Subcutaneous allergen-specific immunotherapy (SCIT) qualifies as a promising approach for the permanent cure of IgE-mediated airway allergies, which can often manifest into allergic rhinitis and other allergic respiratory diseases. SCIT entails repeated administration of a high allergen dose into the subcutaneous (sc) region using a hypodermic needle for many (3-5) years, which is inconvenient and painful and reduces patient compliance. To overcome these limitations, we hypothesized that microneedles (MNs), which are minimally invasive and painless, could provide a novel approach for allergen desensitization by depositing the allergen into the superficial layers of the skin. To test this hypothesis, we compared MNs and SCIT for allergen desensitization in a mouse model of ovalbumin (Ova)-induced airway allergy. Mice were first made allergic to Ova and then treated with MNs coated with Ova (with or without CpG as an adjuvant) or via SCIT-Ova + alum (subcutaneous Ova + alum injections) for comparison. Treatment with coated MNs significantly induced Ova-specific serum IgG antibodies in a manner comparable to SCIT-Ova + alum-treated group. To test the efficacy against allergen challenge, treated mice were challenged with Ova via the nasal route. Coated MNs with Ova and CpG (MN-Ova + CpG) considerably suppressed the airway inflammation in allergic mice, evidenced by downregulation of proinflammatory cytokines (IL-5 and IL-13), upregulation of anti-inflammatory cytokine IL-10, and activation of Ova-specific immune response in bronchoalveolar (BAL) fluid. The therapeutic capacity of MN-based allergy treatment was further validated by the reduction in eosinophil and mast cell infiltration in the lung tissues of mice treated with MN-Ova + CpG, and low deposition of mucus inside their lung bronchioles. Overall, coated MNs ameliorated the symptoms of airway allergy in mice similar to SCIT and could provide a novel means of painless allergen-specific immunotherapy.
The prevalence of peanut allergies has escalated over the last 20 years, yet there are no FDA approved treatments for peanut allergies. In this study we evaluated the potential of microneedles to deliver peanut protein extract (PE) into skin and assessed if the ensuing immune responses could desensitize mice that were sensitized to peanuts. Peanut sensitized mice were either treated through cutaneous immunotherapy using PE-coated microneedles or not treated, and then orally challenged with PE. After oral challenge, the clinical symptoms of peanut-induced anaphylaxis were significantly lower in the microneedle treated mice as compared to untreated mice, and this was accompanied by down-regulation of systemic anaphylaxis mediators such as histamine and mast cell protease-1 (MCPT-1) in the microneedles treated group. Overall, there was an up-regulation of Th1 cytokines (IL-2 and IFN-γ) as compared to Th2 cytokines (IL-4 and IL-5) in splenocyte culture supernatants of the microneedle treated group as compared to untreated group, suggesting that microneedles promoted immune modulation towards the Th1 pathway. Furthermore, mice treated with PE-coated microneedles were observed to retain integrity of their small intestine villi and had reduced eosinophilic infiltration as compared to the untreated but peanut sensitized mice, which further confirmed the desensitization capability of peanut cutaneous immunotherapy using coated microneedles. Thus, our current study represents a novel minimally invasive microneedle based cutaneous immunotherapy, which may provide a novel route of desensitization for the treatment of peanut allergies.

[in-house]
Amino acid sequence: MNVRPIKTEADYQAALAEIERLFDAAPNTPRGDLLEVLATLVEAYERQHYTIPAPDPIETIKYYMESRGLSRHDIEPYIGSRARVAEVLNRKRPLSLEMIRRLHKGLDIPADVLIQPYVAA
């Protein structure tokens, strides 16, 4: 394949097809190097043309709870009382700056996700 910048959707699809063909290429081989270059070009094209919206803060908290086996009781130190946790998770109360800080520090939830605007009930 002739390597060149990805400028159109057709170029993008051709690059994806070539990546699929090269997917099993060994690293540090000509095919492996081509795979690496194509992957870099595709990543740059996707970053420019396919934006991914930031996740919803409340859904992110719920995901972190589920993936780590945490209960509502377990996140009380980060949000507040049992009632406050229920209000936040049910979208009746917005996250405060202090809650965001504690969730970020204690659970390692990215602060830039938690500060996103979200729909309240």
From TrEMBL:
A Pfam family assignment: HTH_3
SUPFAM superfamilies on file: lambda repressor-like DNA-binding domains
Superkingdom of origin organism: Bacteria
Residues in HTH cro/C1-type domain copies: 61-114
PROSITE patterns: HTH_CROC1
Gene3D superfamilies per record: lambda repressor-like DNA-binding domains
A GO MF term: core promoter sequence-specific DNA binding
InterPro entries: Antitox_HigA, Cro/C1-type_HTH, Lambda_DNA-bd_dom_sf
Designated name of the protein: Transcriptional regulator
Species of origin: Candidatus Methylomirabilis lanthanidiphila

A comparative study of microneedle-based cutaneous immunization with other conventional routes to assess feasibility of microneedles for allergy immunotherapy
Feasibility of microneedles (MNs) for cutaneous allergen specific immunotherapy (ASI) is demonstrated by comparing against currently practiced subcutaneous (SC) allergen immunotherapy, and the intramuscular (IM) and intraperitoneal (IP) routes. In Balb/c mice with ovalbumin (Ova, 25 μg) as the allergen MNs-Ova without alum induced anti-Ova IgG response comparable to IM but higher than SC and IP groups (250 μg alum was additionally used for SC, IM and IP groups). MNs-Ova induced higher anti-Ova IgG1 and IgG2a responses in comparison to other routes; however IgG2b and IgG3 responses were significantly lower than the IP group. As in SC group, anti-Ova IgE and IgA were low for MNs-Ova. Furthermore, MNs-Ova induced expression of IL-5, IL-13, IFN-γ and IL-1β cytokines in serum, but at significantly lower levels than other routes. Overall, MNs-Ova induced allergen-specific IgG antibodies, and activated the Th1 pathway (evidenced by higher IgG2a levels), suggesting their potential use for painless ASI.